STEEL MOVES INTO HOMES

ANN ZIMMERMAN

STRONG, SUSTAINABLE, SAFE, AND ENABLING BOLD DESIGNS AND STRIKING ACCENTS, STEEL IS BECOMING AN ACCEPTABLE AND VALUED MATERIAL FOR BUILDING PARK CITY’S LUXURY MOUNTAIN HOMES.

Innovative Iron and Mike Allred Construction project and the steel supports for the home. PHOTO Courtesy of Go West Development

A Mike Allred Construction project and the steel supports for the home. PHOTO Courtesy of Mike Allred Construction

If I were to rewrite the tale of Three Little Pigs today, the wisest pig would opt to build his home from steel. With steel construction, the wee pig could lavishly entertain his pig brothers in the expanse of an open floor plan supported by strong overhead steel beams; he can vigilantly stand lookout for the wolf from a stunning cantilevered deck reaching over the hillside supported by steel; he would find the huffs and puffs of the wolf entirely inconsequential because steel construction can withstand hurricane-force winds.

Steel for residential construction has come of age. First gaining acceptance as a material for high-rises and commercial buildings, steel’s entry into residential construction is recent, but professionals are now rapidly experimenting and developing interesting new applications.

As recently as 1995, steel was considered a new and not yet fully accepted residential material when an exploratory examination of steel in residential construction by the Department of Housing and Urban Affairs concluded that it was a valuable material. According to that report, steel framing is easily adapted to difficult architectural details, such as arched or vaulted ceilings; plumbing and electrical trades adapt to steel framing with little apparent cost impact; and fastening techniques and products were increasingly available to increase productivity.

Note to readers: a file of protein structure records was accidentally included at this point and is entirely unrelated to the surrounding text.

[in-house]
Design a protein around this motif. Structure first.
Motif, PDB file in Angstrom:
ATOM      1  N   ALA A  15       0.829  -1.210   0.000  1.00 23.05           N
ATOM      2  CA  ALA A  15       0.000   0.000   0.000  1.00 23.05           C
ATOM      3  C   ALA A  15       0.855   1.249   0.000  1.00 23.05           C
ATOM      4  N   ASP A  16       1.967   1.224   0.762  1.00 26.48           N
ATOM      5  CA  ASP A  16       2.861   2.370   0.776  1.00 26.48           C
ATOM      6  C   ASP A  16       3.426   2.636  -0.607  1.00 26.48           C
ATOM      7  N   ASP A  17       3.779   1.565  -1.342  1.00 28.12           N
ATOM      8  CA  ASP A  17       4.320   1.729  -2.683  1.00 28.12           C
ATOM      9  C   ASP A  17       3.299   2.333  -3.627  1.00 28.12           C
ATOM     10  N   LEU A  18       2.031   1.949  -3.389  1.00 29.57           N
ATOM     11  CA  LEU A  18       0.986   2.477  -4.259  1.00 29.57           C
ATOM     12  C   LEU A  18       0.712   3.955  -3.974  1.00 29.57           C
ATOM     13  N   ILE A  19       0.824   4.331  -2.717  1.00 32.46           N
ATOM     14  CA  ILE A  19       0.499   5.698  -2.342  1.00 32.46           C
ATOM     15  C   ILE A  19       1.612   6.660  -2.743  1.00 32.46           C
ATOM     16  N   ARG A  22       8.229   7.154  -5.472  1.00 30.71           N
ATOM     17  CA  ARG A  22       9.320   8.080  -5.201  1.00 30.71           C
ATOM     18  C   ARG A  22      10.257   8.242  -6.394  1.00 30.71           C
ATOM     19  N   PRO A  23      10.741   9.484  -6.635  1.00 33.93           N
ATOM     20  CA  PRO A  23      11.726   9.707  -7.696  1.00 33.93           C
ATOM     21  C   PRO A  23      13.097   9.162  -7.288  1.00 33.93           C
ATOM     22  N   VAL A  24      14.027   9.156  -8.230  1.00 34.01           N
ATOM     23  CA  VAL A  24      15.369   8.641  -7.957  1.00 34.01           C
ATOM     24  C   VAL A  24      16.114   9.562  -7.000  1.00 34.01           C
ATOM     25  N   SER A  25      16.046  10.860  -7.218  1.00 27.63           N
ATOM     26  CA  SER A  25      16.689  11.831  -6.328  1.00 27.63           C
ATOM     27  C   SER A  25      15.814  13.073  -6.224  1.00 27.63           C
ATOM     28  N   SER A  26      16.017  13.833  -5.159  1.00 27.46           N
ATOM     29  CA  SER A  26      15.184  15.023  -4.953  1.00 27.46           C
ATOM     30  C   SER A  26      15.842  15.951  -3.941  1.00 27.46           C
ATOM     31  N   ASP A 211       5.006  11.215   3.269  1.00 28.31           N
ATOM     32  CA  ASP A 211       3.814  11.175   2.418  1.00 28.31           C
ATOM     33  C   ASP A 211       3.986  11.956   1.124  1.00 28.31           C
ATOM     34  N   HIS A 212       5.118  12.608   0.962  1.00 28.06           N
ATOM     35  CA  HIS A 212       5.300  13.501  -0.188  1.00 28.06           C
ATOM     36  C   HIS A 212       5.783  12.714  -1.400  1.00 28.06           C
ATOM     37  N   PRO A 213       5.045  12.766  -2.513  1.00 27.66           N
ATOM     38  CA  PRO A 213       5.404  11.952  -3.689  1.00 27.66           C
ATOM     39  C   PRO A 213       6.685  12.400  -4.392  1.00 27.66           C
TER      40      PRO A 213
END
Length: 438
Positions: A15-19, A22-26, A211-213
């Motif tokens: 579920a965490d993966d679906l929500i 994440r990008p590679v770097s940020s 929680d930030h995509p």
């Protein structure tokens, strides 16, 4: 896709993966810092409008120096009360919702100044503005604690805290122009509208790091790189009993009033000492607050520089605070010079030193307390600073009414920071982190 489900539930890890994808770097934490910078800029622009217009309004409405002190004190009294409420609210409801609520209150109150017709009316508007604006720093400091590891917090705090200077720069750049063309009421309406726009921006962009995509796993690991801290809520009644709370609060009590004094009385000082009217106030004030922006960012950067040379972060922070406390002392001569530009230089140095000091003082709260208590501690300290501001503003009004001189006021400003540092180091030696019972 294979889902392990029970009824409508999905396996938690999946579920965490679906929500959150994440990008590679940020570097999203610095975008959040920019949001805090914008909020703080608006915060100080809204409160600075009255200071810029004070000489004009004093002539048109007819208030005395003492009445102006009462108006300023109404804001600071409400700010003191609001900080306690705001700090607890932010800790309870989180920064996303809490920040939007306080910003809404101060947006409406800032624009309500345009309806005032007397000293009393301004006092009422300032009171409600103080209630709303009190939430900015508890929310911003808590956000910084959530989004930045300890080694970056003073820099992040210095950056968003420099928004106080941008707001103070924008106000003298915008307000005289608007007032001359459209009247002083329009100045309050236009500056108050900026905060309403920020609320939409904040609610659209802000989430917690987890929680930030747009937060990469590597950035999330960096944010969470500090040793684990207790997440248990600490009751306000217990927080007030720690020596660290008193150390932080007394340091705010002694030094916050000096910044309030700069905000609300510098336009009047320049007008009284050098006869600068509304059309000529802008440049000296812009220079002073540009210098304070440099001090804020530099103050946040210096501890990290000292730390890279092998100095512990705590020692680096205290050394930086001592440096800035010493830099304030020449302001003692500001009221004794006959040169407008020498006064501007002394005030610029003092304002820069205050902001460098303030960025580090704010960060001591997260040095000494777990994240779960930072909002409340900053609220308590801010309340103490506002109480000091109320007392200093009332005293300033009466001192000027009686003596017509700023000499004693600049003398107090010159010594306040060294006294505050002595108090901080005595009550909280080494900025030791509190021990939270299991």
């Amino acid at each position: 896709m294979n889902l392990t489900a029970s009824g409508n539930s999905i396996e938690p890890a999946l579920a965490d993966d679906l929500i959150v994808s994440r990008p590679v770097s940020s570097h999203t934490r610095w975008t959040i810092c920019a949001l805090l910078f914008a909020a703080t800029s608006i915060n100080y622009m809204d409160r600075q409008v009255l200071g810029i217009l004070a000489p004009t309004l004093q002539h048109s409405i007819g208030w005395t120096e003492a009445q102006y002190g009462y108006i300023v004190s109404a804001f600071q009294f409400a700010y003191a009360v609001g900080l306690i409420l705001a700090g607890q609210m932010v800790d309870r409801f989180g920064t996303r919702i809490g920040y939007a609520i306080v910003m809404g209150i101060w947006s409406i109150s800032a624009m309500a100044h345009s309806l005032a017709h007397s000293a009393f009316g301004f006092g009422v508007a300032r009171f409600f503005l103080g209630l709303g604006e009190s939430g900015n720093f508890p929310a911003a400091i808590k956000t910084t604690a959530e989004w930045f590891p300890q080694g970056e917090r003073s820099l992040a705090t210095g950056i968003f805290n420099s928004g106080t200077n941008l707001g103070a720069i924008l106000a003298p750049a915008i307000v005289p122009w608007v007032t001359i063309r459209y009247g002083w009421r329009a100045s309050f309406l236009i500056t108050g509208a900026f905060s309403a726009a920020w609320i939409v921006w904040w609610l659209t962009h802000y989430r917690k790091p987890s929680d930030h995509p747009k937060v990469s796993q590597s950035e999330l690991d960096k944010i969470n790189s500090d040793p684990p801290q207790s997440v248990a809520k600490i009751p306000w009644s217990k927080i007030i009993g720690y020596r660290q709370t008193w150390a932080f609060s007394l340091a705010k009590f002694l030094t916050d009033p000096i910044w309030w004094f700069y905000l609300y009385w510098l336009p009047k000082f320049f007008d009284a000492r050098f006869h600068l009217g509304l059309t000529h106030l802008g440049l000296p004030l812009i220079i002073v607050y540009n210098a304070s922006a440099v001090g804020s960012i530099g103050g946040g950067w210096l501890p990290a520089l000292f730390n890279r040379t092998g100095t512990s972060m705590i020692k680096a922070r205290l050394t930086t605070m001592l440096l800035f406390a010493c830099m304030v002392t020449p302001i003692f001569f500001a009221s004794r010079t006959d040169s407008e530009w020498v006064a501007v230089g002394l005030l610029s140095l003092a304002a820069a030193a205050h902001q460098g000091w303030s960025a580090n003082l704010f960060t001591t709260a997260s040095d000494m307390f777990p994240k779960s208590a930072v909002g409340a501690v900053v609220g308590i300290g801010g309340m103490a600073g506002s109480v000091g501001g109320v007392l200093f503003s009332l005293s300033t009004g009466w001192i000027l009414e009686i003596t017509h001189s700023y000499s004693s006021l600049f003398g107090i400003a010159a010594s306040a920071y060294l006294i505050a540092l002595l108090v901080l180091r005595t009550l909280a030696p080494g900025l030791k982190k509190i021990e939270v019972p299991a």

Go West Development, a graduate engineer and contractor Allred Construction, started building residences with steel in 1980, well

A conversation-worthy use of steel in a fireplace done by Go West Development; PHOTO Courtesy of Go West Development

An conversation-worthy use of steel in a fireplace done by Go West Development; PHOTO Courtesy of Go West Development

before the HUD report and most residential steel construction in the country. “My first residential project using steel was a new condominium complex in Park City with underground parking. It was very complex structurally. The snow loads, drift loads, and seismic issues were too much for wood to handle, so steel supports the structure,” Allred recalls.

Despite the relative recent interest in building homes with steel, steel isn’t a new material. It was invented some 4,000 years ago and manufactured in brick furnaces. The process combines iron with carbon (about two percent of its weight) and sometimes metal alloys like nickel or chromium are added to resist corrosion. A progression of processes advanced steel making, but it remained expensive until the Industrial Revolution when it could be mass-produced with the Bessemer process, a system that blows air through the molten iron to remove impurities. Further advancements in the Post-WWII period replaced air with oxygen for the Basic Oxygen Steelmaking (BOS) process and refinements like cold-rolled steel. Now, manufacturers produce 1.3-billion tons of steel annually worldwide.

PARK CITY OPTS FOR STEEL

 Steel offers homeowners not only a contemporary look, but also better views. Walls of windows are possible with advances in steel and glass technology and design. The subtle repetition of rectangles—the windows and above the fireplace—create a thoughtfully designed room with harmony at its core. Photo Courtesy of Innovative Iron